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Cannes 2018

Women seize Cannes spotlight but Kurdish war movie misfires

Courtesy of Cannes Film Festival | Zhao Tao (left) dazzles in Jia Zhangke's 'Ash Is Purest White', while Golshifteh Farahani (right) leads the Kurdish charge in Eva Husson's 'Girls of the Sun'.

China’s Jia Zhangke and Iran’s Jafar Panahi deliver powerful tales of female defiance and resilience, but Eva Husson’s take on Kurdish women's epic fight against the Islamic State (IS) group is a wasted opportunity.


It was girl power on the Cannes Film Festival's famous red carpet last night, an impressive equality march by 82 female film stars and executives – matching the paltry number of female directors who have climbed the famous steps since the festival’s first edition back in 1946 (compared to 1,688 men). The stirring display was followed by the premiere of that rarest of things: a war movie by a woman in which women do the fighting. Sadly, Eva Husson’s “Girls of the Sun”, a homage to Kurdish women’s epic fight against jihadist rape, torture and enslavement, was not up to the task. By the end of the night, girl power had been upstaged by a male duo – and I don’t mean the two men in black suits (festival bosses Thierry Frémaux and Pierre Lescure) who photobombed the women’s historic red carpet march.

How about getting out of the picture this one time, Thierry and Pierre?
How about getting out of the picture this one time, Thierry and Pierre? Mehdi Chebil, FRANCE 24

Though fictional, Husson’s film is inspired by the Kurdish-led battle to reclaim Yazidi lands overrun by the Islamic State group. Golshifteh Farahani stars as Bahar, a former lawyer turned military commander on a mission to liberate her land, find her enslaved son and avenge her slain menfolk. Emmanuelle Bercot plays French journalist Mathilde, who lost an eye to shrapnel in Homs (a clear reference to eyepatch-wearing reporter Marie Colvin, who was killed in the Syrian city in 2012). Fascinated by Bahar’s personal ordeal and her battalion’s courageous fight, Mathilde tags along with the all-female unit as they set off on a commando mission while the men stay behind.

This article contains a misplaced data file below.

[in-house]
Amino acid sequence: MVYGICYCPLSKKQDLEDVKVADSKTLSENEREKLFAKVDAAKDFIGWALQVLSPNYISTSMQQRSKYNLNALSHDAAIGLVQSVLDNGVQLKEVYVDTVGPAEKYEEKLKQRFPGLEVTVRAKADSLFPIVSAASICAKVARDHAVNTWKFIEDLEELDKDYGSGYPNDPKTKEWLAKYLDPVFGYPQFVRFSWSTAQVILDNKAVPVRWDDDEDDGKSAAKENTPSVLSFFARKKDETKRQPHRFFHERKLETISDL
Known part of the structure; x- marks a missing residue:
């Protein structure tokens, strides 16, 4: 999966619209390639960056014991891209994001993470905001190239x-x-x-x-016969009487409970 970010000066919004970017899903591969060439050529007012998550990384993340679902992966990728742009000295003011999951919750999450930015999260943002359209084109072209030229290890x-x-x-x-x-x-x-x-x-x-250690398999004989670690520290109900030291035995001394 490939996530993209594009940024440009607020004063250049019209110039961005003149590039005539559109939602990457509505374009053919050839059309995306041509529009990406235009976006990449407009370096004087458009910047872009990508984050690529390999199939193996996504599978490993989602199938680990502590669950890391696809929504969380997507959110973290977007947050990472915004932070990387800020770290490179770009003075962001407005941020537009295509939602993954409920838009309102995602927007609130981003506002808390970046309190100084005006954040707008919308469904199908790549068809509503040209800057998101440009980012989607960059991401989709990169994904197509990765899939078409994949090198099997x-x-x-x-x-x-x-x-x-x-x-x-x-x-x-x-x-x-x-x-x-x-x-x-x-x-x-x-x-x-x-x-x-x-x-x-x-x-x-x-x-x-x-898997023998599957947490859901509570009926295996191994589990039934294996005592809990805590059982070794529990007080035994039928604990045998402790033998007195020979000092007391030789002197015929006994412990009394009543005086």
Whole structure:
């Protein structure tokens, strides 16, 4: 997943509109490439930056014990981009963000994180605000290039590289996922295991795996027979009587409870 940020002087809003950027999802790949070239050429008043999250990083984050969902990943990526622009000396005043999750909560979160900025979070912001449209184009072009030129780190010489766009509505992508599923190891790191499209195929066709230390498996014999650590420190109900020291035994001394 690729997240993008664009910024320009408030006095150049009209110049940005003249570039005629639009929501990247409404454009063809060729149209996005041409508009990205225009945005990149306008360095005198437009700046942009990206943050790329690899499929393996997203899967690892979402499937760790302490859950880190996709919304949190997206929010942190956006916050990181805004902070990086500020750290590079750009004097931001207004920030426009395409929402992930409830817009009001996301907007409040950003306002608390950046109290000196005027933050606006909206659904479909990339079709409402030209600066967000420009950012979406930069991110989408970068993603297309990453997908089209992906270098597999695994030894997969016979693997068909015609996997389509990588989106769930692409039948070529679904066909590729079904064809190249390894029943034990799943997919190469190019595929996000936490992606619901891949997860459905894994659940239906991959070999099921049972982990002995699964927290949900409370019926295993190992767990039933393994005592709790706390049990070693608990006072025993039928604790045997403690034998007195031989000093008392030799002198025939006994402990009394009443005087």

Partisan, passionate and earnest, Husson’s film isn’t shy about who the goodies and baddies are. The Kurdish cause is certainly a noble one, but it is somewhat problematic that the enemy is never called by name (only the “extremists”), and also odd that the term “yazidi” isn’t mentioned either. While the action is at times compelling, it is woefully undercut by some cheesy war-movie clichés, complete with rousing pre-battle speech, silly voiceovers and dialogues, and an irritating, melodramatic soundtrack. “If our breasts could give oil rather than milk, the coalition would have come long ago,” says Bahar as US-led airstrikes finally join the battle, in one of several, groan-worthy lines.

Golshifteh Farahani hits the red carpet for the Cannes premiere of "Girls of the Sun".
Golshifteh Farahani hits the red carpet for the Cannes premiere of "Girls of the Sun". Mehdi Chebil, FRANCE 24